A foreseen constructability challenge includes the intense waterproofing details in many areas. These include the thresholds where materials change types and also at the top of the curtain wall near the parapet. The waterproofing membrane and air barrier require integration between installation of two different systems, and consequently two different subcontractors. These areas should be of high focus to eliminate any future maintenance issues with the building envelope.

In addition to the waterproofing detail, the curtain wall and masonry wall construction deem another constructability issue in terms of schedule duration. A stick-built system of 2” HSS connections, aluminum frames, and 1” glazing will be one of two items on the schedule that endure the most installation time—the second being the masonry wall construction. As the project progresses, these areas can be the focus of major cost and time savings with alternative installation methods.



The main building switchboard is rated for 4000A, 480/277V at 3 Phase. It is with this that 6 transformers supply power to the building. The lower level main transformer is a general duty dry type transformer with an integral USS rated at 2500kVA. From this branch, four other transformers supply each of the floors 1-4. The remaining transformer is located at the lower level. The main building load was designed for 3,066,675 VA and 3690 amps. In addition, the emergency power system is supplied by two generators (750kW and 500kW).



The lighting plan for the STC Building involves a combination of compact fluorescent down lights, different sizes of T5 fluorescent troffer luminaires, and wall mount pendant fixtures. The main lobby utilizes a majority of suspended direct linear fluorescent F28T5 luminaires with a single lamp. When looking at the typical classroom and lecture hall, a linear direct/indirect pendant type luminaire with F28T5 lamps. For a majority of the lab spaces, a 2’x4’ high efficiency recessed troffer luminaire is utilized with 3-F28T5 lamps. The general spaces on the lower level and storage areas impose 4’ surface-mounted strip industrial reflector luminaires. The typical lamp type throughout the entire building is a F28T5.



This building is supported by 6 different VAV Trane air handling units (AHUs), 4 cooling towers and multiple boilers, lab exhaust fans, and computer room air condition units. This is due to the mixed-use of this facility and has many requirements to fulfill. There are three large AHUs with total CFM ranges from 23,500-44,500 that serve the building’s main floors. The remaining 3 AHUs with total CFM ranges from 3,200-4,500 serve the lower levels and the lecture hall area. Being that a large portion of this building is represented by laboratories, there are a major number of exhaust fans to serve each of these areas. Also, fin tube radiators supply supplemental warm air along the window line of each space to aid the central AHU. Much of these systems also include areas for schedule acceleration due to the system type and installation labor necessary.



The structure of this building is supported by foundation walls (12” to 24” thick) and spread footings (5’x5’ up to 14’x14’) bearing on suitable soil on the north end and geopiers on the south. The geopiers on the south end support loads ranging from 80 kips to 980 kips, depending upon location on the building footprint. The cast-in-place structure for the floors 1-4 incorporate elevated concrete slabs supported by concrete beams and columns. The concrete columns range from 20”x20” to 28”x28” square columns and 32” diameter circular columns. The concrete beams supporting the slabs have various sizes ranging from 16”x24” to 30”x48”. Elevated concrete slabs are to be 12” thick normal weight concrete reinforced with #4 rebars at 9” on center as top and bottom mat bars. A thickness of 8” (20” total slab thickness) at locations of drop panels around the columns is required.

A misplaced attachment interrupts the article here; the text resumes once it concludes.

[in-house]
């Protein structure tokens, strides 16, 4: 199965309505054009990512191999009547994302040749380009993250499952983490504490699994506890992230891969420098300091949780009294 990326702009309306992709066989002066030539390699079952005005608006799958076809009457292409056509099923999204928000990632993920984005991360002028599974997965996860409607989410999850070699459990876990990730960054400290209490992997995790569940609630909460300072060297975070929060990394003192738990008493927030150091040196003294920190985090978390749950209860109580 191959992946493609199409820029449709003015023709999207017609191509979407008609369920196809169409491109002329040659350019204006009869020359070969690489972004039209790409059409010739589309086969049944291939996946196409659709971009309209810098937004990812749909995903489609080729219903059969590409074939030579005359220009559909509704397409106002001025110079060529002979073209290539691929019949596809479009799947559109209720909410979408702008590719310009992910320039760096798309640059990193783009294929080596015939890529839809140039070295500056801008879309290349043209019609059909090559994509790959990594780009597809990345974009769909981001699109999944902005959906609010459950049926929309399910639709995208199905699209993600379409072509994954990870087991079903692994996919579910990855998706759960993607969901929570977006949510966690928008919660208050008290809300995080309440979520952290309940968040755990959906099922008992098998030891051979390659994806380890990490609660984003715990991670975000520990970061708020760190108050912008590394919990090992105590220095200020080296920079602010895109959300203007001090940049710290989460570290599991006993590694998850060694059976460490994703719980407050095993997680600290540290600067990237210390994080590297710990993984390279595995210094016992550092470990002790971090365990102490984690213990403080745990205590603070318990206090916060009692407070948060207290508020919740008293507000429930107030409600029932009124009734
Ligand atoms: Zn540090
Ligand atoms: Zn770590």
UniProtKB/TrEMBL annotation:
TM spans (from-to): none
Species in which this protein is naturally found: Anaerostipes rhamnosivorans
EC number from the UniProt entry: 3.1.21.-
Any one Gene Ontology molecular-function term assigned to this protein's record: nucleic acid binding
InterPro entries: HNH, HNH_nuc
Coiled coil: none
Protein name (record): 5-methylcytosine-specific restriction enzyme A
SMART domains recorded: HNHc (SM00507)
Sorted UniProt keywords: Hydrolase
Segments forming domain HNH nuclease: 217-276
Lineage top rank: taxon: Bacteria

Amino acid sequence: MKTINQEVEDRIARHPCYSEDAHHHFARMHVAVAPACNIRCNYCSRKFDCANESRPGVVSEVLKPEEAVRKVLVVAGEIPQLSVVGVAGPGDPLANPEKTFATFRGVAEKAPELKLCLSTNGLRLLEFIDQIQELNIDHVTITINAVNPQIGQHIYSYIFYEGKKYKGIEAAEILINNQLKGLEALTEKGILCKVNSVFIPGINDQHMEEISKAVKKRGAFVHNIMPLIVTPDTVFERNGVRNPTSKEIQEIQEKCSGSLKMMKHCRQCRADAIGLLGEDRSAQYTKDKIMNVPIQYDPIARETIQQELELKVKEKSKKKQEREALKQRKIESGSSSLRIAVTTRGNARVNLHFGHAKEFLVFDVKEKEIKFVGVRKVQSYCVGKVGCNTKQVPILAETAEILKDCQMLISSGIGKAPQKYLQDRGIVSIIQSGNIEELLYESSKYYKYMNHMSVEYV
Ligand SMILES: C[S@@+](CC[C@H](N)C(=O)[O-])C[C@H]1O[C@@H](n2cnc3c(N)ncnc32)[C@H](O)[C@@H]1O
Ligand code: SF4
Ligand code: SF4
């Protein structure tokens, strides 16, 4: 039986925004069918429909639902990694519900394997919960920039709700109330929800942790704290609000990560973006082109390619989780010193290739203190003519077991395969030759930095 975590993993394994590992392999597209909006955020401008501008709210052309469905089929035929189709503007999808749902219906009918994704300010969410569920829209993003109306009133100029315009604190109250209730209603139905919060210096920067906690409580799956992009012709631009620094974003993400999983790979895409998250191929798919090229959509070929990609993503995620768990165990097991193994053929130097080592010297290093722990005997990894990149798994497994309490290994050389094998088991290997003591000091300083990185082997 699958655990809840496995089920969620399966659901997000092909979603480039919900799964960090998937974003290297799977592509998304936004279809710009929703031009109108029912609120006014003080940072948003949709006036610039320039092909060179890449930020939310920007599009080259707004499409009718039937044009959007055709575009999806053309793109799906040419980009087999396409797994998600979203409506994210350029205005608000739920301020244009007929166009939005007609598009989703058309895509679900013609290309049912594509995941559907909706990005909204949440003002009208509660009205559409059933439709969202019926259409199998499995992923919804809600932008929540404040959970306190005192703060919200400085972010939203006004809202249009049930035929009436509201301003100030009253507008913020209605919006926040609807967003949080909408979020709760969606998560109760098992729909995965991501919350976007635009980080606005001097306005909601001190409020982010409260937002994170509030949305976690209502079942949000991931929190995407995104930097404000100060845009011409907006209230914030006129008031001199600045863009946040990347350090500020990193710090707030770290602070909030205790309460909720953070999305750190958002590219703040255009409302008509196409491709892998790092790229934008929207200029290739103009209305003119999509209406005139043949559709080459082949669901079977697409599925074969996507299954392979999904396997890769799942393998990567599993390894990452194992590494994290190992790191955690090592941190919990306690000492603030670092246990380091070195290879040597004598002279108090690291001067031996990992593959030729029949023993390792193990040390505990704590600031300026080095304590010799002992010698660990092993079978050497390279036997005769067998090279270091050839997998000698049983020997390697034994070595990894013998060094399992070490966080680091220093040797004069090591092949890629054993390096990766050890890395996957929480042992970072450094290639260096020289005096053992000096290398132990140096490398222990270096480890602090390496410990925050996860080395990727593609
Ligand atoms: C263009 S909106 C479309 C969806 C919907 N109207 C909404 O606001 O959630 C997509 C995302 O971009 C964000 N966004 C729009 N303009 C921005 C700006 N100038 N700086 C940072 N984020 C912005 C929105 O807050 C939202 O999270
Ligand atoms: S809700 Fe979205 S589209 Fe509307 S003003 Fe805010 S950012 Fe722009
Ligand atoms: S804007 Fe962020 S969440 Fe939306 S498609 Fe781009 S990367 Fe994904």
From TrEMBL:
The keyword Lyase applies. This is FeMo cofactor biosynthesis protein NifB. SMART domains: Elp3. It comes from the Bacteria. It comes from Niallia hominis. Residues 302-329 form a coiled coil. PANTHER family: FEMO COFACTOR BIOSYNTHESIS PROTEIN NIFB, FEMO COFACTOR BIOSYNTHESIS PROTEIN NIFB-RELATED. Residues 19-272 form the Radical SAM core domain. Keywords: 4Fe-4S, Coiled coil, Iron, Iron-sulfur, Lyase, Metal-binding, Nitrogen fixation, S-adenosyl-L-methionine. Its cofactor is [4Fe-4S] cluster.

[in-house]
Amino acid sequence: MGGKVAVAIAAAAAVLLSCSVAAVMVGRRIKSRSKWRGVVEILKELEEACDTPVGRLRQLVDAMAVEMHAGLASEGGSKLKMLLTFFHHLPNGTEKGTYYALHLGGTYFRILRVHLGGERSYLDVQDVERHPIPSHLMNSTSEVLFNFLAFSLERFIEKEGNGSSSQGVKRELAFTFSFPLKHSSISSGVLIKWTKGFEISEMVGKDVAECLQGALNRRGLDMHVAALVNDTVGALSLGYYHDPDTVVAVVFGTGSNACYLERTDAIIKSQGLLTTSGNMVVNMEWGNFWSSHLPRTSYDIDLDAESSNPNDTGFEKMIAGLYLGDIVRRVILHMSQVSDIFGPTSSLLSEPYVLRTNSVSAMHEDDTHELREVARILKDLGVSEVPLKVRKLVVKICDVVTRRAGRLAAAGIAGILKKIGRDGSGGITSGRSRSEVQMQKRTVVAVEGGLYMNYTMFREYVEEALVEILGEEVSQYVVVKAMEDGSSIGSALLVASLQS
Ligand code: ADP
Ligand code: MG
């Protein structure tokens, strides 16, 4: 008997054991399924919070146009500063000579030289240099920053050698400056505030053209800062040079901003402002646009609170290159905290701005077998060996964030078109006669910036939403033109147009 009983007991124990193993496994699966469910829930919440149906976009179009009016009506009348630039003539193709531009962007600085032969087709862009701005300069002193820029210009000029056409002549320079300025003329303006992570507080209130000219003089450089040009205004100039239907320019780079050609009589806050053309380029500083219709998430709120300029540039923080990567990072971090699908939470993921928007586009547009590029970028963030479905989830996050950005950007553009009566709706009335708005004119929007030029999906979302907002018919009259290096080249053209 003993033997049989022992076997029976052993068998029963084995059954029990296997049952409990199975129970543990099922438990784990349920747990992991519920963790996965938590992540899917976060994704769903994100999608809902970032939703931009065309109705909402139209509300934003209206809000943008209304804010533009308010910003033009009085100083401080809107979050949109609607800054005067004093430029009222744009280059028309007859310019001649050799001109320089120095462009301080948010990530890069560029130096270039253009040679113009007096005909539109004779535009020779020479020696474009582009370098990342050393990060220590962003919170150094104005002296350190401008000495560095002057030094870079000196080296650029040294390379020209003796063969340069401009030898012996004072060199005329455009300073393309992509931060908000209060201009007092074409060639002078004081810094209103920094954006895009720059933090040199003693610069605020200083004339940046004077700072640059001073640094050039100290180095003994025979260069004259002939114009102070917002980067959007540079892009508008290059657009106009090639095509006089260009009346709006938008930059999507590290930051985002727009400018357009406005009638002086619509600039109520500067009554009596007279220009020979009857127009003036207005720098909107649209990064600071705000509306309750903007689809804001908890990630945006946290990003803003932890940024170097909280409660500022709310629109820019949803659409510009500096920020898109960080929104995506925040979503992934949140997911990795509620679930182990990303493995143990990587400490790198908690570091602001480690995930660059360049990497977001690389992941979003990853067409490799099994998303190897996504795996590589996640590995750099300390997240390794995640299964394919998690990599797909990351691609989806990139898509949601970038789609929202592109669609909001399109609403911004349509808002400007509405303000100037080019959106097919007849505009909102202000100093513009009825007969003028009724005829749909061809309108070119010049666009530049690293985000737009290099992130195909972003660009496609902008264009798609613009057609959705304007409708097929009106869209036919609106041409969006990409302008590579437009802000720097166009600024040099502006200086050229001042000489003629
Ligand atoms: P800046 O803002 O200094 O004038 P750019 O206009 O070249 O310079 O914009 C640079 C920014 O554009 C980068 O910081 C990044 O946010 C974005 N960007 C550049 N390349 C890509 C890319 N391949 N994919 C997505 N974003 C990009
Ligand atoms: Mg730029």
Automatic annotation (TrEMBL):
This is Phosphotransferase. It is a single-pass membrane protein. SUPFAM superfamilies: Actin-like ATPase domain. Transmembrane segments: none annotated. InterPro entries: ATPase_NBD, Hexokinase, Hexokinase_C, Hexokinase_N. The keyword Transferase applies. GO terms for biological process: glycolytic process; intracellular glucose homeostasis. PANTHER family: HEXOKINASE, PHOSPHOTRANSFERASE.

Structural steel is then used for the design of the penthouse above the fourth floor. Composite metal decking will top off the structural frames and provide the support for the roof system.  Typical beam sizes include W14x22 and W16x26. A typical roof frame utilizes W14x61 columns (20’ in height) and W18x35 beams (~25’ in length). The stairwells and partials floor space also include structural steel members. In total, the steel bid package was estimated at $750,000.


Fire Protection

The entire building, including all mechanical and electrical rooms is protected with a fully automatic combination standpipe-sprinkler system (Class 1). In addition all unconditioned spaces subject to temperatures less than 40°F will be protected by a dry-type sprinkler system. Sprinklers will also be supplied at the top and bottom of elevator shafts. The campus datacenter, the main distribution frame telecommunication and electrical room #3 will be protected with a fully automatic, total flooding clean agent fire suppression system. The room enclosures will also be protected with a single-interlock preaction sprinkler system.


Security & Technology

The Science and Technology Center will integrate new door/gate access controls (card) and intrusion detection through video surveillance (CCTV). This will include the installation of the following items: fiber optic cabling and patch panels, network video recorders, uninterruptible power supply,  and a single monitor computer for control of the system. In addition to these security items, many of the rooms will be supplied with projectors, screens, and multiple computer stations. This will provide the newest technology for students on campus and will serve as the main computer labs.

Note: While great efforts have been taken to provide accurate and complete information on the pages of CPEP, please be aware that the information contained herewith is considered a work‐in progress for this thesis project. Modifications and changes related to the original building designs and construction methodologies for this senior thesis project are solely the interpretation of Nicholas Zitterbart. Changes and discrepancies in no way imply that the original design contained errors or was flawed. Differing assumptions, code references, requirements, and methodologies have been incorporated into this thesis project; therefore, investigation results may vary from the original design.
This page was last updated on 1/13/2013, by Nicholas Zitterbart and is hosted by the AE Department ©2013